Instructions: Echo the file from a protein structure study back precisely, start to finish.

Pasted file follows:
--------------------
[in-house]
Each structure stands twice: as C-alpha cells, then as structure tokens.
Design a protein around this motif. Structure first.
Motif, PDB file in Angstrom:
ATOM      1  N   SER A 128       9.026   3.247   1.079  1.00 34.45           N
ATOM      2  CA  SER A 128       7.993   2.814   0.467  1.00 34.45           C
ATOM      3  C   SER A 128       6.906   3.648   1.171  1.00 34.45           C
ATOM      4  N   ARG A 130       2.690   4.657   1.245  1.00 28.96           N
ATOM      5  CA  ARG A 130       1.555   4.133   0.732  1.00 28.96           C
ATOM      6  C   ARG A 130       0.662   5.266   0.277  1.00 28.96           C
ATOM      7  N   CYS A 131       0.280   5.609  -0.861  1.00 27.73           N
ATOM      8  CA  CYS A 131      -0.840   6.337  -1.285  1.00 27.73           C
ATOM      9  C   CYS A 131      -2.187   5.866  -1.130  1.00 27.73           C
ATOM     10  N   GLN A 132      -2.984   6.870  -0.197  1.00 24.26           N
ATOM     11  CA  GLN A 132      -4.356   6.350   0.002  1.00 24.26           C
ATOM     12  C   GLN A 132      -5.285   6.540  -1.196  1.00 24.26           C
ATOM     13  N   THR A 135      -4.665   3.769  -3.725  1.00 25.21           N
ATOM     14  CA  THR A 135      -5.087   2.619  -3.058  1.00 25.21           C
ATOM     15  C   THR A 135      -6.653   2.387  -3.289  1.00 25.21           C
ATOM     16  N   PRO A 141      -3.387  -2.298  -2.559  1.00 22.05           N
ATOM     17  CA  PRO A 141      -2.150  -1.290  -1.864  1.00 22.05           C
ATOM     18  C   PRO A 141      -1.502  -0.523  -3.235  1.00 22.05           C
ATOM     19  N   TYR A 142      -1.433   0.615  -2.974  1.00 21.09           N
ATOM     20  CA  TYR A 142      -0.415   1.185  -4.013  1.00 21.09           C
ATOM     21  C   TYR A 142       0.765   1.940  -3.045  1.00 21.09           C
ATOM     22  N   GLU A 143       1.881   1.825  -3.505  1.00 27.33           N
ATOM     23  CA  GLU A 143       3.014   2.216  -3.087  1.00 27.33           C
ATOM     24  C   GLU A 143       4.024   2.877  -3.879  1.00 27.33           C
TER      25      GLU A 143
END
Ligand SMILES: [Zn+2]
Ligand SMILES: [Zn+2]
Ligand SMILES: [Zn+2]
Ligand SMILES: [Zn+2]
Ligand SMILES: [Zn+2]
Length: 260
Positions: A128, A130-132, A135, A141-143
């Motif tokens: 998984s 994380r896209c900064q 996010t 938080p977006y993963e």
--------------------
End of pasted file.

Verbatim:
[in-house]
Each structure stands twice: as C-alpha cells, then as structure tokens.
Design a protein around this motif. Structure first.
Motif, PDB file in Angstrom:
ATOM      1  N   SER A 128       9.026   3.247   1.079  1.00 34.45           N
ATOM      2  CA  SER A 128       7.993   2.814   0.467  1.00 34.45           C
ATOM      3  C   SER A 128       6.906   3.648   1.171  1.00 34.45           C
ATOM      4  N   ARG A 130       2.690   4.657   1.245  1.00 28.96           N
ATOM      5  CA  ARG A 130       1.555   4.133   0.732  1.00 28.96           C
ATOM      6  C   ARG A 130       0.662   5.266   0.277  1.00 28.96           C
ATOM      7  N   CYS A 131       0.280   5.609  -0.861  1.00 27.73           N
ATOM      8  CA  CYS A 131      -0.840   6.337  -1.285  1.00 27.73           C
ATOM      9  C   CYS A 131      -2.187   5.866  -1.130  1.00 27.73           C
ATOM     10  N   GLN A 132      -2.984   6.870  -0.197  1.00 24.26           N
ATOM     11  CA  GLN A 132      -4.356   6.350   0.002  1.00 24.26           C
ATOM     12  C   GLN A 132      -5.285   6.540  -1.196  1.00 24.26           C
ATOM     13  N   THR A 135      -4.665   3.769  -3.725  1.00 25.21           N
ATOM     14  CA  THR A 135      -5.087   2.619  -3.058  1.00 25.21           C
ATOM     15  C   THR A 135      -6.653   2.387  -3.289  1.00 25.21           C
ATOM     16  N   PRO A 141      -3.387  -2.298  -2.559  1.00 22.05           N
ATOM     17  CA  PRO A 141      -2.150  -1.290  -1.864  1.00 22.05           C
ATOM     18  C   PRO A 141      -1.502  -0.523  -3.235  1.00 22.05           C
ATOM     19  N   TYR A 142      -1.433   0.615  -2.974  1.00 21.09           N
ATOM     20  CA  TYR A 142      -0.415   1.185  -4.013  1.00 21.09           C
ATOM     21  C   TYR A 142       0.765   1.940  -3.045  1.00 21.09           C
ATOM     22  N   GLU A 143       1.881   1.825  -3.505  1.00 27.33           N
ATOM     23  CA  GLU A 143       3.014   2.216  -3.087  1.00 27.33           C
ATOM     24  C   GLU A 143       4.024   2.877  -3.879  1.00 27.33           C
TER      25      GLU A 143
END
Ligand SMILES: [Zn+2]
Ligand SMILES: [Zn+2]
Ligand SMILES: [Zn+2]
Ligand SMILES: [Zn+2]
Ligand SMILES: [Zn+2]
Length: 260
Positions: A128, A130-132, A135, A141-143
């Motif tokens: 998984s 994380r896209c900064q 996010t 938080p977006y993963e």